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|Home » Opel Vectra News » Switzerland: GM Europe president says Opel to abolish the Vectra ...|
Carl-Peter Forster, president of General Motors Europe, has told Auto Express that the replacement for the Opel and Vauxhall Vectra will have a new name, which the magazine claims will be 'Insignia'. That badge was used by Opel for an upmarket rear-wheel drive concept car that premiered at the Frankfurt motor show in September 2003.
"We will change its name for the new car," the UK weekly magazine quotes Forster as saying. "Vectra is too connected to the conservative current design. The new model will be sleek and more like a coupe to look at, but of course it will still be a family car," he added.
Craig Cheetham, a spokesperson for the Vauxhall division said that the company has no statement to make on the issue but did not deny the GM President's claim.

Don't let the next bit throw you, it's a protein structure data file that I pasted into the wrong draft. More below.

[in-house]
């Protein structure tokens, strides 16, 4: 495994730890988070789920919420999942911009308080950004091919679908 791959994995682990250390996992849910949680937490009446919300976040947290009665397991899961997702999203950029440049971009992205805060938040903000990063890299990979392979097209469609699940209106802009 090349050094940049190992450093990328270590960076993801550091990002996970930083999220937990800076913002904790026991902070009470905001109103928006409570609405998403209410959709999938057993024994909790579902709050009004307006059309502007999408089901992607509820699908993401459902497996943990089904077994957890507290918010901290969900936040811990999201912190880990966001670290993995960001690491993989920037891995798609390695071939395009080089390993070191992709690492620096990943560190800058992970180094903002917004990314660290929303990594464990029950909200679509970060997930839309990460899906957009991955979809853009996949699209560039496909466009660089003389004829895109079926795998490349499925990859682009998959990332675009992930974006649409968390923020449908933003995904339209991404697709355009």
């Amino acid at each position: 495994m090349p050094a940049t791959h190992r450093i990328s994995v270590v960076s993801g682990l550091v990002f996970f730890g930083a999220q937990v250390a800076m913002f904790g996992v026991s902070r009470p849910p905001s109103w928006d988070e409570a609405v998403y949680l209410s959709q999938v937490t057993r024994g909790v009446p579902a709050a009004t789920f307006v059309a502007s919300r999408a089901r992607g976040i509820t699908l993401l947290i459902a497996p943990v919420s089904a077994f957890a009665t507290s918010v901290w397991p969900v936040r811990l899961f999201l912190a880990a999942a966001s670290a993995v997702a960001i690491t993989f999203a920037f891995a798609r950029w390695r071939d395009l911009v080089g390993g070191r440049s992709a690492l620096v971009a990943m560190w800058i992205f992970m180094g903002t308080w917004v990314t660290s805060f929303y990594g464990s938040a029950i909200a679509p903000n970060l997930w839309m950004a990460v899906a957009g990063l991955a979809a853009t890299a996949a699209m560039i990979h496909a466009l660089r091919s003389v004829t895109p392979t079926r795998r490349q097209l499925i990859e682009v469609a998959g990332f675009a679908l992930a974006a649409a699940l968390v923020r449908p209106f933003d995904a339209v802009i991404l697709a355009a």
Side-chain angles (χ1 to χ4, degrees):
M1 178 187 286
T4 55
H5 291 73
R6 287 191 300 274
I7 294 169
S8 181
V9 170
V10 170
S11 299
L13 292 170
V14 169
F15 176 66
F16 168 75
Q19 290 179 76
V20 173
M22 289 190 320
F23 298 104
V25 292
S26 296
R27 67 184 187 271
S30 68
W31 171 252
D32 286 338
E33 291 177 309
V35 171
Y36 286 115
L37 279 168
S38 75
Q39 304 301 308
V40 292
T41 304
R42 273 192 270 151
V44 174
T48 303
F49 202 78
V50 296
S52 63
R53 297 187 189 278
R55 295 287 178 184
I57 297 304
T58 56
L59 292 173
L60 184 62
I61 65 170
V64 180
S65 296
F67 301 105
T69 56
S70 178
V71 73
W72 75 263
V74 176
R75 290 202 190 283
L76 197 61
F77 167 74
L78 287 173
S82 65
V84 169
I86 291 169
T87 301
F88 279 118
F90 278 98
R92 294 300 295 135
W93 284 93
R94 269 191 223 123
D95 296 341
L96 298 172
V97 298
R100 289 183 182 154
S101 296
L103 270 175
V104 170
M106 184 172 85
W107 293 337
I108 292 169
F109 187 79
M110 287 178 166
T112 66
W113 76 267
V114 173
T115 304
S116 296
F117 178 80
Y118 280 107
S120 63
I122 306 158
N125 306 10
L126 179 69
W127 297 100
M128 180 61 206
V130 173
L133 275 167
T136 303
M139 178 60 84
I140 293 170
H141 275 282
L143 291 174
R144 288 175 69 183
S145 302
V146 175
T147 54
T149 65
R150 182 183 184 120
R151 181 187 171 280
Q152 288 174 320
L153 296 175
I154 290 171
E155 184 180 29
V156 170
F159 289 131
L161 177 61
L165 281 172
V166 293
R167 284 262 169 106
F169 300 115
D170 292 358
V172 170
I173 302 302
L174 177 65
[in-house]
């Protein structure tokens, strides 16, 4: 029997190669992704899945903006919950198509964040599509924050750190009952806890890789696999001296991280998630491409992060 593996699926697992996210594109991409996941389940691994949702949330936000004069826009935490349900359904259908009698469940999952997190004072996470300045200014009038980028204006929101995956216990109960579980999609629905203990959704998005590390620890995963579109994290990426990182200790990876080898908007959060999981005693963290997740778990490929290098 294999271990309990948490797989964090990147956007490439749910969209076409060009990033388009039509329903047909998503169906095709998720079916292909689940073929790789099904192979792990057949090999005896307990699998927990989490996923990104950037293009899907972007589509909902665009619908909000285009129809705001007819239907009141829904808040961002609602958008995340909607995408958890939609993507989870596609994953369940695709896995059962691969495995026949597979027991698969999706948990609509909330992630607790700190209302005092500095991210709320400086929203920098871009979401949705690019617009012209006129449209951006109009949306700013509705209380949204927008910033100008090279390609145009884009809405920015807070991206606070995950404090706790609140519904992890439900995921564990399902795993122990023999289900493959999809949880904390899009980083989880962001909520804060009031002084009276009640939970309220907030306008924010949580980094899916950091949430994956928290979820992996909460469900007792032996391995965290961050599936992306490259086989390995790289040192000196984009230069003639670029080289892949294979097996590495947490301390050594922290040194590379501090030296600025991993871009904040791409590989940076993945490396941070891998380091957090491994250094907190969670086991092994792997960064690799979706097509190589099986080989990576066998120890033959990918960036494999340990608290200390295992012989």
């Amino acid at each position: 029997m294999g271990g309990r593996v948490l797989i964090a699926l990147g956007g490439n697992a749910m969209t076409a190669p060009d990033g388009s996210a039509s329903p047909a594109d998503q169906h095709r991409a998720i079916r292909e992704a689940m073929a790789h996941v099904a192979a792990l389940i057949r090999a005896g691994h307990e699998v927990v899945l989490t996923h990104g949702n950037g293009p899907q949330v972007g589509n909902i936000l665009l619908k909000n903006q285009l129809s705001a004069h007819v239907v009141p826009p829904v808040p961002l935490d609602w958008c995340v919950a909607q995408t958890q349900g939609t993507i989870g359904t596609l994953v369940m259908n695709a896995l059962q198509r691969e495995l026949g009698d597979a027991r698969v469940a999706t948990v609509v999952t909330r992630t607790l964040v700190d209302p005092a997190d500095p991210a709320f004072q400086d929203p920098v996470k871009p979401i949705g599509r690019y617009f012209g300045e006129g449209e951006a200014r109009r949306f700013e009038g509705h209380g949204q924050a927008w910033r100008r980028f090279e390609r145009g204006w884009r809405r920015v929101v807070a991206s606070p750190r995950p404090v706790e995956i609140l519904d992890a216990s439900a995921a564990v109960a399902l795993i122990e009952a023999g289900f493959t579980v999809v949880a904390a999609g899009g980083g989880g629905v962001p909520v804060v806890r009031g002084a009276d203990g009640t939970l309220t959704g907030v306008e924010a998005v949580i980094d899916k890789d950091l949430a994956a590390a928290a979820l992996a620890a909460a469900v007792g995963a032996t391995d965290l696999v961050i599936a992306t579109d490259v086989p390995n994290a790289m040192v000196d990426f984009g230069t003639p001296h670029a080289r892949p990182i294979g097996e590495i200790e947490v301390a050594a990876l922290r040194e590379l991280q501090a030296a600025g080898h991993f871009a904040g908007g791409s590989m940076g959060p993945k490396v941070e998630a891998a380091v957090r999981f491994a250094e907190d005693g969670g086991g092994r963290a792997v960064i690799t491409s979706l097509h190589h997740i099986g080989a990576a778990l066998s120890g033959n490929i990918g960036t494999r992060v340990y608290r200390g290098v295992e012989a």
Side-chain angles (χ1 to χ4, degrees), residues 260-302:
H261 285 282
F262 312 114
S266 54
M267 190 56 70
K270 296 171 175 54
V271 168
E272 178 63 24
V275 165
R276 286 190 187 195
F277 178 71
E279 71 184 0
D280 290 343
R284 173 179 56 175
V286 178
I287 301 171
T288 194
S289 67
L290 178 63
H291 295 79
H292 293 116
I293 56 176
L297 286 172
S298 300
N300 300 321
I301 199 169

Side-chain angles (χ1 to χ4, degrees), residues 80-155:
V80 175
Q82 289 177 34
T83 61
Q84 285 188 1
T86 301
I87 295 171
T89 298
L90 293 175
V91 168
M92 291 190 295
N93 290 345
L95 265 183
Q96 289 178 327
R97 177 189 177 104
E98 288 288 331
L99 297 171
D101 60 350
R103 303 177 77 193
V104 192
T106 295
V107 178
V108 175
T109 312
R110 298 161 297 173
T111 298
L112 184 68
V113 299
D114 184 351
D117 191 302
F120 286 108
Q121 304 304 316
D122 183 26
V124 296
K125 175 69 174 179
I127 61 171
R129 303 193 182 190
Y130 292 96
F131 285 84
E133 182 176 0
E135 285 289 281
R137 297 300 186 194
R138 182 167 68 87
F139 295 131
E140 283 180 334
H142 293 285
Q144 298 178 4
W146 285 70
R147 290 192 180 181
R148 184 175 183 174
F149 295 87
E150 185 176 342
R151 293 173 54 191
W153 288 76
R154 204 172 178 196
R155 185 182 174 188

The Vectra name has been used for three succeeding generations of Opel sedan, five-door hatchback and wagon variants and two Vauxhall versions, the latest of which was launched in June 2002 and last facelifted in 2005 (the 1988 Opel Vectra was badged 'Cavalier' by GM's UK division).
The current model is also sold in Australia with Holden badges. All Vectras are built at Opel's Rüesselsheim plant in Germany and sit on the GM Epsilon architecture, which also underpins models such as the Alfa Romeo 159, Brera and Spider; Cadillac BLS; Chevrolet Malibu; Fiat Croma; Opel-Vauxhall Signum; Pontiac G6; Saab 9-3 and Saturn Aura.
The next-shape Vectra is due at the end of 2008 and will use an updated version of the same Epsilon architecture, dubbed ' Epsilon 2 '. There should also be a rebadged version for Saturn, which may be an AWD wagon only. It is likely to become part of the current Aura line-up as GM continues its policy of gradually merging the Opel and Saturn model ranges.
GM Europe is believed to be cutting Vectra production next year to 127,000 from this year's planned 144,000 units.
A sleeker car may mean a move upmarket just as Honda did when it redesigned the latest European markets Accord, leaving the mass market largely to Ford (Mondeo), Volkswagen (Passat) and Toyota (Avensis) among others. Nissan also recently exited this mid-sized sedan sector with the end of Primera production.